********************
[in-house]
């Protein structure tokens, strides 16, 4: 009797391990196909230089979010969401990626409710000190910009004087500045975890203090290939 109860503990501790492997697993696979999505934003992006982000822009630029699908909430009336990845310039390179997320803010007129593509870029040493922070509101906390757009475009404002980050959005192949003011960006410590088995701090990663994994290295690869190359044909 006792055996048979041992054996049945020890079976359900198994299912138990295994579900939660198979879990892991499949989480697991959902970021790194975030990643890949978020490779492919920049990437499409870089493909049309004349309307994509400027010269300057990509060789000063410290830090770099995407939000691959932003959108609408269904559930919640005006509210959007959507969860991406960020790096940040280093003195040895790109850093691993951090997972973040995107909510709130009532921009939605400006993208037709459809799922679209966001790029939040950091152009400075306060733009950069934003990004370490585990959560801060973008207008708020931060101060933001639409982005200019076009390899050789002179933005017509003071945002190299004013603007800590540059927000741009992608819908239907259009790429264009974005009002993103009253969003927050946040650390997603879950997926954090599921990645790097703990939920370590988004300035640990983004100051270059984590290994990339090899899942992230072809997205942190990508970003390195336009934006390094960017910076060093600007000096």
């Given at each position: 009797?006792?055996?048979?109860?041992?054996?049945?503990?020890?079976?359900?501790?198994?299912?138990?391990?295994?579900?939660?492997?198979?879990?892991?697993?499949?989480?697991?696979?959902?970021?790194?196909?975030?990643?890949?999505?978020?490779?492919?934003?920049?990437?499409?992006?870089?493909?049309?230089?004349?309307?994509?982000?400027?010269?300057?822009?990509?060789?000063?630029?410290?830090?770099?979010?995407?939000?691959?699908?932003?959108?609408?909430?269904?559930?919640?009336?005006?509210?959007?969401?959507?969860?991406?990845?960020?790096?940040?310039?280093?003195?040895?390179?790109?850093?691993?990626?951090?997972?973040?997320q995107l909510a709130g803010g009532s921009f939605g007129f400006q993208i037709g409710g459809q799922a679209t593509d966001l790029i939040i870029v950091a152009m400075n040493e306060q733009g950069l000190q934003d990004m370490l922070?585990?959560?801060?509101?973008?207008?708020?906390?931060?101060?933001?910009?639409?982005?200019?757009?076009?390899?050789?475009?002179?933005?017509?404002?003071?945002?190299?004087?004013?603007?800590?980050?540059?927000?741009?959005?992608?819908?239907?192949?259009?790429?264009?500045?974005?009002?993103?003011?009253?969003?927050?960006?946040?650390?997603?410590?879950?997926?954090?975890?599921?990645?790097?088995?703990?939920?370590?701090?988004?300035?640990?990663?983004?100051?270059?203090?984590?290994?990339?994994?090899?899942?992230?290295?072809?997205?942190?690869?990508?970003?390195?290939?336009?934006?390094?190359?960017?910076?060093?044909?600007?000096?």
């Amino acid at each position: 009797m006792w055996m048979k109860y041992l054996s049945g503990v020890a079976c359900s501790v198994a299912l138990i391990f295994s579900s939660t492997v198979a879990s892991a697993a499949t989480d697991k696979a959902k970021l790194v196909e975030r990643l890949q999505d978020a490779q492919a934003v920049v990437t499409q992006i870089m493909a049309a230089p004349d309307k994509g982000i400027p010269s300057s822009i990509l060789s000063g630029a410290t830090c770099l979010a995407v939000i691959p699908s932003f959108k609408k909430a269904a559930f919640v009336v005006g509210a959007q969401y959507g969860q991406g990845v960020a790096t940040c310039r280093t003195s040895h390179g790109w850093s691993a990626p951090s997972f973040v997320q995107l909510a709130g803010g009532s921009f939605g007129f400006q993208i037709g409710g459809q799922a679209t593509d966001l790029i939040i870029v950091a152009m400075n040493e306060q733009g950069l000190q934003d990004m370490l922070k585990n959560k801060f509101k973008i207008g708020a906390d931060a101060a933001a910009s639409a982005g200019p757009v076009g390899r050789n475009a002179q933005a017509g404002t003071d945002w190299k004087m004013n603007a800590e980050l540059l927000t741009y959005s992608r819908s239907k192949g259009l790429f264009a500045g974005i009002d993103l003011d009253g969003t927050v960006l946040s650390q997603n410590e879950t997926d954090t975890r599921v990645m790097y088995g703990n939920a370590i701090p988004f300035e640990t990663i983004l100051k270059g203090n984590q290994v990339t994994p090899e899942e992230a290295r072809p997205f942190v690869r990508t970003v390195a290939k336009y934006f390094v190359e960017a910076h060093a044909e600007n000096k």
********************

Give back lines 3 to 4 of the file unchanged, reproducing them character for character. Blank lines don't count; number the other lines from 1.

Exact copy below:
């Given at each position: 009797?006792?055996?048979?109860?041992?054996?049945?503990?020890?079976?359900?501790?198994?299912?138990?391990?295994?579900?939660?492997?198979?879990?892991?697993?499949?989480?697991?696979?959902?970021?790194?196909?975030?990643?890949?999505?978020?490779?492919?934003?920049?990437?499409?992006?870089?493909?049309?230089?004349?309307?994509?982000?400027?010269?300057?822009?990509?060789?000063?630029?410290?830090?770099?979010?995407?939000?691959?699908?932003?959108?609408?909430?269904?559930?919640?009336?005006?509210?959007?969401?959507?969860?991406?990845?960020?790096?940040?310039?280093?003195?040895?390179?790109?850093?691993?990626?951090?997972?973040?997320q995107l909510a709130g803010g009532s921009f939605g007129f400006q993208i037709g409710g459809q799922a679209t593509d966001l790029i939040i870029v950091a152009m400075n040493e306060q733009g950069l000190q934003d990004m370490l922070?585990?959560?801060?509101?973008?207008?708020?906390?931060?101060?933001?910009?639409?982005?200019?757009?076009?390899?050789?475009?002179?933005?017509?404002?003071?945002?190299?004087?004013?603007?800590?980050?540059?927000?741009?959005?992608?819908?239907?192949?259009?790429?264009?500045?974005?009002?993103?003011?009253?969003?927050?960006?946040?650390?997603?410590?879950?997926?954090?975890?599921?990645?790097?088995?703990?939920?370590?701090?988004?300035?640990?990663?983004?100051?270059?203090?984590?290994?990339?994994?090899?899942?992230?290295?072809?997205?942190?690869?990508?970003?390195?290939?336009?934006?390094?190359?960017?910076?060093?044909?600007?000096?």
């Amino acid at each position: 009797m006792w055996m048979k109860y041992l054996s049945g503990v020890a079976c359900s501790v198994a299912l138990i391990f295994s579900s939660t492997v198979a879990s892991a697993a499949t989480d697991k696979a959902k970021l790194v196909e975030r990643l890949q999505d978020a490779q492919a934003v920049v990437t499409q992006i870089m493909a049309a230089p004349d309307k994509g982000i400027p010269s300057s822009i990509l060789s000063g630029a410290t830090c770099l979010a995407v939000i691959p699908s932003f959108k609408k909430a269904a559930f919640v009336v005006g509210a959007q969401y959507g969860q991406g990845v960020a790096t940040c310039r280093t003195s040895h390179g790109w850093s691993a990626p951090s997972f973040v997320q995107l909510a709130g803010g009532s921009f939605g007129f400006q993208i037709g409710g459809q799922a679209t593509d966001l790029i939040i870029v950091a152009m400075n040493e306060q733009g950069l000190q934003d990004m370490l922070k585990n959560k801060f509101k973008i207008g708020a906390d931060a101060a933001a910009s639409a982005g200019p757009v076009g390899r050789n475009a002179q933005a017509g404002t003071d945002w190299k004087m004013n603007a800590e980050l540059l927000t741009y959005s992608r819908s239907k192949g259009l790429f264009a500045g974005i009002d993103l003011d009253g969003t927050v960006l946040s650390q997603n410590e879950t997926d954090t975890r599921v990645m790097y088995g703990n939920a370590i701090p988004f300035e640990t990663i983004l100051k270059g203090n984590q290994v990339t994994p090899e899942e992230a290295r072809p997205f942190v690869r990508t970003v390195a290939k336009y934006f390094v190359e960017a910076h060093a044909e600007n000096k």